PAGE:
Structural engineering consultant AKT bucked the trend last week by breaking free from parent White Young Green with a management buy-out. Antony Oliver talks to directors Hanif Kara and Gerry O’Brien.
There is a tangible sense of excitement and optimism around the Farringdon offices of newly formed independent structural engineering consultant AKT II.
The £3.75M deal to break free from publicly listed consultant WYG clearly draws a line beneath the not-always-easy five year marriage between the two firms and leaves the 120-strong business free once again to plough its own furrow.
“This means that we have regained our independence and can stick to the task of delivering quality and innovation (to clients),” explains Hanif Kara, AKT II’s star name, co-director/owner. “Now the business can be all about nimbleness and agility.”
The new firm sees original AKT founders Robin Adams, Hanif Kara and Albert Williamson-Taylor joined by Paul Scott and Gerry O’Brien as equity directors. The new name serves to underline the direct link with the past but also the continuity for the future.
When AKT was acquired by WYG in 2006 for £10.5M the deal was driven by a desire on both sides to boost international activity. Yet the value of the AKT name in the market was recognised by all so was retained as a “wilful decision”, says Kara.
And while the recent split was an amicable arrangement, it is clear that, put simply, the design-led, creative heads within AKT were increasingly at odds with the growth and profit driven PLC agenda.
As co-owner Gerry O’Brien points out, times and markets change. “When we merged with WYG there were very good reasons and mutual benefits,” explains O’Brien. “It was about opening up international markets. But times changed and those benefits never really came to be. We had grown apart.”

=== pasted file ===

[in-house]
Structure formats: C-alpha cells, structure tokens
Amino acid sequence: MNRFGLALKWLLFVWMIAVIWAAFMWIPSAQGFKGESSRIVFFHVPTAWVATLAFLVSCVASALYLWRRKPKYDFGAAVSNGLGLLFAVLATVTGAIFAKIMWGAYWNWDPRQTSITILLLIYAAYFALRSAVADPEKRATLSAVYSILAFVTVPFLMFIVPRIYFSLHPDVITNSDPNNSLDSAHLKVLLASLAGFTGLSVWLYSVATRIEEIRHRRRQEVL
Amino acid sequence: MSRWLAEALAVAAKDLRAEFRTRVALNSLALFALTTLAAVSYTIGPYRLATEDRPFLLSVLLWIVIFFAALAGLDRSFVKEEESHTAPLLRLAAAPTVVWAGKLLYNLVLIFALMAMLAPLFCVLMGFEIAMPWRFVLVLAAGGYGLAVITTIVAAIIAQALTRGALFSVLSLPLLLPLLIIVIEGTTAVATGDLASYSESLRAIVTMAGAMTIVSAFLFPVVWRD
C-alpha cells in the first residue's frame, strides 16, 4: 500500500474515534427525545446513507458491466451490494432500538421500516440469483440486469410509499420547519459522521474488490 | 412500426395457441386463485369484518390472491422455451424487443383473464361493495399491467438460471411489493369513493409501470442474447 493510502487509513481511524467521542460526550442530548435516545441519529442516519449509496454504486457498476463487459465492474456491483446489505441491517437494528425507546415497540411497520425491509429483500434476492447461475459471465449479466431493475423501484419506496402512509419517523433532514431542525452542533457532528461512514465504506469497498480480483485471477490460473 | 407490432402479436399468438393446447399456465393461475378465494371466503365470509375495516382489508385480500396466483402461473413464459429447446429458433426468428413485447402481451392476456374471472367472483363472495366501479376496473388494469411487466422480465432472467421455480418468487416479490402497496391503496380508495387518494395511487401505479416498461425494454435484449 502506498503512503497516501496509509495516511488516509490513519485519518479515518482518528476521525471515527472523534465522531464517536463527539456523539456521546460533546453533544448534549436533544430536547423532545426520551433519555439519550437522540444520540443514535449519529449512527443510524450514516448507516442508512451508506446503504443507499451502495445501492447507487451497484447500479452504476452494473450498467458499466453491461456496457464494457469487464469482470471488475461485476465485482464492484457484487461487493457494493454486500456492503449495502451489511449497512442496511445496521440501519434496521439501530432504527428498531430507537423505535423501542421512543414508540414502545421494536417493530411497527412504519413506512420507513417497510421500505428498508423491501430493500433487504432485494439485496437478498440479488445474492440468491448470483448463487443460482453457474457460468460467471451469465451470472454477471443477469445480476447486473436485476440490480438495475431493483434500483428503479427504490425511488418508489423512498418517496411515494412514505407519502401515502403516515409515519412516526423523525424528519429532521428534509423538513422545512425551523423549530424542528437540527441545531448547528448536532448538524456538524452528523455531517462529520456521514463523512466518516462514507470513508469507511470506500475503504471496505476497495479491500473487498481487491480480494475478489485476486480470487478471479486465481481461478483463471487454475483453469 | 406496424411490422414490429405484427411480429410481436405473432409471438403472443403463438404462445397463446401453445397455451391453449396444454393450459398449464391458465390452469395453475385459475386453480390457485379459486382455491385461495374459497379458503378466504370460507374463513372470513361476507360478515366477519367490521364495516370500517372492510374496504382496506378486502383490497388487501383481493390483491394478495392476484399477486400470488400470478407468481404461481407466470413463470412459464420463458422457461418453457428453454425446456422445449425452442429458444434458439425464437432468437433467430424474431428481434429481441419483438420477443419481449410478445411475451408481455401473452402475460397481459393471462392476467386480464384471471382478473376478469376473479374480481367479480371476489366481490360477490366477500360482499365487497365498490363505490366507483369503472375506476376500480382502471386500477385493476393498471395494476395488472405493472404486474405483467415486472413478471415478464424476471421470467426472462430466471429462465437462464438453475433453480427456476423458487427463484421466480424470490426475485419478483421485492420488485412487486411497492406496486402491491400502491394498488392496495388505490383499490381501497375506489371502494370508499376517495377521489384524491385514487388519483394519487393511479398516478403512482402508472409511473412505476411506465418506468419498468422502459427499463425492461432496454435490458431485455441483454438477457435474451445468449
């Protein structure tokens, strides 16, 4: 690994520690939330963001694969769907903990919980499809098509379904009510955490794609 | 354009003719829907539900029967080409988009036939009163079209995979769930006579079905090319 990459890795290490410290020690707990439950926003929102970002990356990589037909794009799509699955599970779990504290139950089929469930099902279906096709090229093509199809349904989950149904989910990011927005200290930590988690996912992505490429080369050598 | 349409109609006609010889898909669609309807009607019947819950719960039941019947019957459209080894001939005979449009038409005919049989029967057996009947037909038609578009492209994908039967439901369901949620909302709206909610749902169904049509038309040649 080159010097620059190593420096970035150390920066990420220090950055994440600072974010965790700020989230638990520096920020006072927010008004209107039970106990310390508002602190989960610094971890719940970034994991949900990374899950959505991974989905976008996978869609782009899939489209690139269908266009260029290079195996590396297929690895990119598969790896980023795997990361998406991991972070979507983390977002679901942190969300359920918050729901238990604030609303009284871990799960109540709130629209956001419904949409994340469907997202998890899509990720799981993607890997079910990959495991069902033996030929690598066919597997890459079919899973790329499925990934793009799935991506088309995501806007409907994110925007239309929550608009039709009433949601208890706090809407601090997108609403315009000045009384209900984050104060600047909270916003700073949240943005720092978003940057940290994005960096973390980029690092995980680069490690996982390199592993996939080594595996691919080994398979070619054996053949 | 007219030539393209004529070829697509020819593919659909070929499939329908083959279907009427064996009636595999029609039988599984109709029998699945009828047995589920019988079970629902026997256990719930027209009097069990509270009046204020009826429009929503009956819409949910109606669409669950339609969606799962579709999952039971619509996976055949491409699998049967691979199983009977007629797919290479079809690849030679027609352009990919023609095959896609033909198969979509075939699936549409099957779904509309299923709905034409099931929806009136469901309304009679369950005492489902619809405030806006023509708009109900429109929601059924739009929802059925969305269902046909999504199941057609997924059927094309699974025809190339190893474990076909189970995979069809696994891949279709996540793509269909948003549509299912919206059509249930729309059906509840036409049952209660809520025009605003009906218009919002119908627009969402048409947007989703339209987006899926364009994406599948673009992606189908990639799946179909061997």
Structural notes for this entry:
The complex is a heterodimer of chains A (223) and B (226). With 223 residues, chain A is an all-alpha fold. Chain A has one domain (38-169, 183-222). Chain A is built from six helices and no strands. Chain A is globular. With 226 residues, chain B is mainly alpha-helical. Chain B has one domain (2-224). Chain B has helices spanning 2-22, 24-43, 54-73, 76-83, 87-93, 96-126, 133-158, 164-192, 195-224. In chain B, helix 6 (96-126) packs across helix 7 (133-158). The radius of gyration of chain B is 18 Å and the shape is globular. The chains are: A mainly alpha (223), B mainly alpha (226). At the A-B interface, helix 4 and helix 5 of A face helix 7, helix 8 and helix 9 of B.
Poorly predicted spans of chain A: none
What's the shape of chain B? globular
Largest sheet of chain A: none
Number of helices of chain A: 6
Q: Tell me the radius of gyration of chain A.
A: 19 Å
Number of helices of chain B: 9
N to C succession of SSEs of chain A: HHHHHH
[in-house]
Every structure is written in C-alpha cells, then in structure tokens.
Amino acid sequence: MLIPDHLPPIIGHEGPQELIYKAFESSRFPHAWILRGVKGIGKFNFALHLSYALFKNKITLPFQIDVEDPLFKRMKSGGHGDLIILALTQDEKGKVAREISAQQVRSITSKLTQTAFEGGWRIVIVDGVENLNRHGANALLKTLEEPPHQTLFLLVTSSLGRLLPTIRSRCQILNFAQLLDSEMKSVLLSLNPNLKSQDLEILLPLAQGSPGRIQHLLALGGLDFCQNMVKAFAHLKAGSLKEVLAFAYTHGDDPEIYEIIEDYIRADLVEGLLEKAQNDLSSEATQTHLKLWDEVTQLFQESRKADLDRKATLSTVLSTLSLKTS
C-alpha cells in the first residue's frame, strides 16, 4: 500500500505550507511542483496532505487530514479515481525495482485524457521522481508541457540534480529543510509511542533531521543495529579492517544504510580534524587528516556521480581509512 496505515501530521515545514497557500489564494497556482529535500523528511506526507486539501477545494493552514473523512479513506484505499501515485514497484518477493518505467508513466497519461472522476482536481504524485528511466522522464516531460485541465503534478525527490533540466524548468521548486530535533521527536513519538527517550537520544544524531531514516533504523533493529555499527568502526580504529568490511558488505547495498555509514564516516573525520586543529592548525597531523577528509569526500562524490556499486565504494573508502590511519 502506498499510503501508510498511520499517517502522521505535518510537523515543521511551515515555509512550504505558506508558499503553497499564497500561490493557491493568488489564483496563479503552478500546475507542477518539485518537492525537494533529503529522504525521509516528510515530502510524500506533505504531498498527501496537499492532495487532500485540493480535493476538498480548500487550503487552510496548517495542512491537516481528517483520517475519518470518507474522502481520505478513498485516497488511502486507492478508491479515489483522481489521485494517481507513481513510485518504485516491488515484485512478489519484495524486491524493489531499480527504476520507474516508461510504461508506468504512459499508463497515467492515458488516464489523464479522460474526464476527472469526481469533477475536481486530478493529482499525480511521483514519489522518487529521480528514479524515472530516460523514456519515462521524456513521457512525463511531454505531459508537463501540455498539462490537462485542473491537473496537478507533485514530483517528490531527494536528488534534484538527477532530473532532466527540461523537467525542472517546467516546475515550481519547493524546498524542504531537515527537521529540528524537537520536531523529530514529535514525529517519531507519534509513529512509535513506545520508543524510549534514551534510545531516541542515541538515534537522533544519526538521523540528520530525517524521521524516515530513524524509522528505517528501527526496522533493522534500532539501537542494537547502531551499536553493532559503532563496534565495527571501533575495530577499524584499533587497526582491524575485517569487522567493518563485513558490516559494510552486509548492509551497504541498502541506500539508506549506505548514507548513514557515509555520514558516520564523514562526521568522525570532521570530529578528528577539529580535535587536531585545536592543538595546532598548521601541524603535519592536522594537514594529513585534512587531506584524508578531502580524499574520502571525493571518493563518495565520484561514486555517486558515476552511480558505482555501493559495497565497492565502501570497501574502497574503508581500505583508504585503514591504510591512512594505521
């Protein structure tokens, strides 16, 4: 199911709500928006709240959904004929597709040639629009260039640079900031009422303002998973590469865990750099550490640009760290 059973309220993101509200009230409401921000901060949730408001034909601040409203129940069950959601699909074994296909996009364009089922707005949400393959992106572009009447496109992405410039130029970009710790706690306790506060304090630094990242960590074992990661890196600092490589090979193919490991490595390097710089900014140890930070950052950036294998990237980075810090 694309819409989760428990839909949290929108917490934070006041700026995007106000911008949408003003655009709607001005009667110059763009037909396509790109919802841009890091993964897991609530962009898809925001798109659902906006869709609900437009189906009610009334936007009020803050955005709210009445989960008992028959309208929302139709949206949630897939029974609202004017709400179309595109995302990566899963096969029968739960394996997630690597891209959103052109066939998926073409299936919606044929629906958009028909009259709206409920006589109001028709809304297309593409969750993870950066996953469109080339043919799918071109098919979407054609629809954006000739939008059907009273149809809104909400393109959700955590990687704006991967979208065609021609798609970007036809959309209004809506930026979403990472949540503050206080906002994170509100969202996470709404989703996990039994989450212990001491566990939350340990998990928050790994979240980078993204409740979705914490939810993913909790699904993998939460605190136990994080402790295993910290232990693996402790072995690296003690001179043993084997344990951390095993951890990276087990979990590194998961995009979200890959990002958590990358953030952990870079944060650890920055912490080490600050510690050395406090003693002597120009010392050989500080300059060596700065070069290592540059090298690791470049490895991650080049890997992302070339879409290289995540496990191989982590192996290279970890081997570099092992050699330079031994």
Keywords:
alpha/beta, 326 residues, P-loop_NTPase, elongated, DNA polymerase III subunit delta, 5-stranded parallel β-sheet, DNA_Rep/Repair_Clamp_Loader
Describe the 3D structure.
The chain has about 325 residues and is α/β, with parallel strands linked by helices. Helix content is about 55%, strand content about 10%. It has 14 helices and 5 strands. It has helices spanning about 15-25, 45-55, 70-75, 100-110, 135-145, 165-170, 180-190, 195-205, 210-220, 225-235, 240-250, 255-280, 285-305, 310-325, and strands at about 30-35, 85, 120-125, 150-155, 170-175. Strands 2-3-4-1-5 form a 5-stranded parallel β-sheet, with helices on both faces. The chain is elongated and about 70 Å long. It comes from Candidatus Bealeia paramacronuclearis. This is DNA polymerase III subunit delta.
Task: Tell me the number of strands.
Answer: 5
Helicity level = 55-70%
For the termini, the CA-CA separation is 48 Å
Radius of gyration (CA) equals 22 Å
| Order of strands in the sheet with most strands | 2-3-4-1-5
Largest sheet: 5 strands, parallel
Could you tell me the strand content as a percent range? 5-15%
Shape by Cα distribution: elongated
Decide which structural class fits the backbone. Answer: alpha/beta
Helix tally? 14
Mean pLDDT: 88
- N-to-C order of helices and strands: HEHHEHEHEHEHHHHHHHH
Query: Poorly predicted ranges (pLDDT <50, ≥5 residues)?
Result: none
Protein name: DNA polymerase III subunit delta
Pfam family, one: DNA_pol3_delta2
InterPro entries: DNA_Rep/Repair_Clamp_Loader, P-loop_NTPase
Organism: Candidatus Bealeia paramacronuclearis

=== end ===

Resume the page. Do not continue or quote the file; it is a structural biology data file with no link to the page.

And given that the original AKT directors were only contracted to stay for one year following the WGY purchase,
all gave the merger a good run at working.
“You have to respect [WYG chief executive] Paul Hamer for doing this deal,” says O’Brien. “He realised that the time had come and let us go. Others offered to take AKT off his hands but we knew that as part of another consultant we would never have been allowed our independence.”
The buyout was supported by Swedish engineering group Tyréns, a move that, according to Kara, was vital for reasons beyond simply raising the cash.
Tyréns has 1,000 employees in 20 offices in Sweden. Kara explains that it is a “silent” partner in the business, but he is clear that the firm is key to helping his global aspirations.
Tyrens has placed three directors on the board of AKT II, but they are there only to assist rather than to control.
“We are the owners,” says Kara. “We will get support when and where necessary. We needed the support of a bigger firm but one that really understands what we have been preaching.”
The ability to set their own path is clearly important to AKT II, not least being able to invest in quality work and walk away from clients seeking lowest cost.
“Others have dropped their fees in the recession and as a result have often disappointed clients,” says O’Brien.
“We decided that we could not allow our investment in AKT to be compromised by a short term recession.”
The future, says Kara, is still about being international - as opposed to global - with a great deal of opportunity outside the UK, particularly in the Gulf following work such as the Sheikh Zayed National Museum in Abu Dhabi and in the US on the back of current work with Zaha Hadid at Michigan State University.
But there are also growing opportunities in the UK he says. Long term relationships with large developers like Stanhope, Derwent, Land Securities and with big name architects, coupled with increasing work with contractors, mean that the firm has an impressive six month order book.
O’Brien highlights the growing retrofit and refurb market where projects such as their recent Angel Building in London demonstrate the value that developers can realise through clever engineering to reuse existing structures.
“We intend to grow but it is more aligned with intelligent growth and not chasing turnover,” says Kara. “We are all still young and we think that the recession will end. We’ve got the stamina and want to champion the engineer’s position.”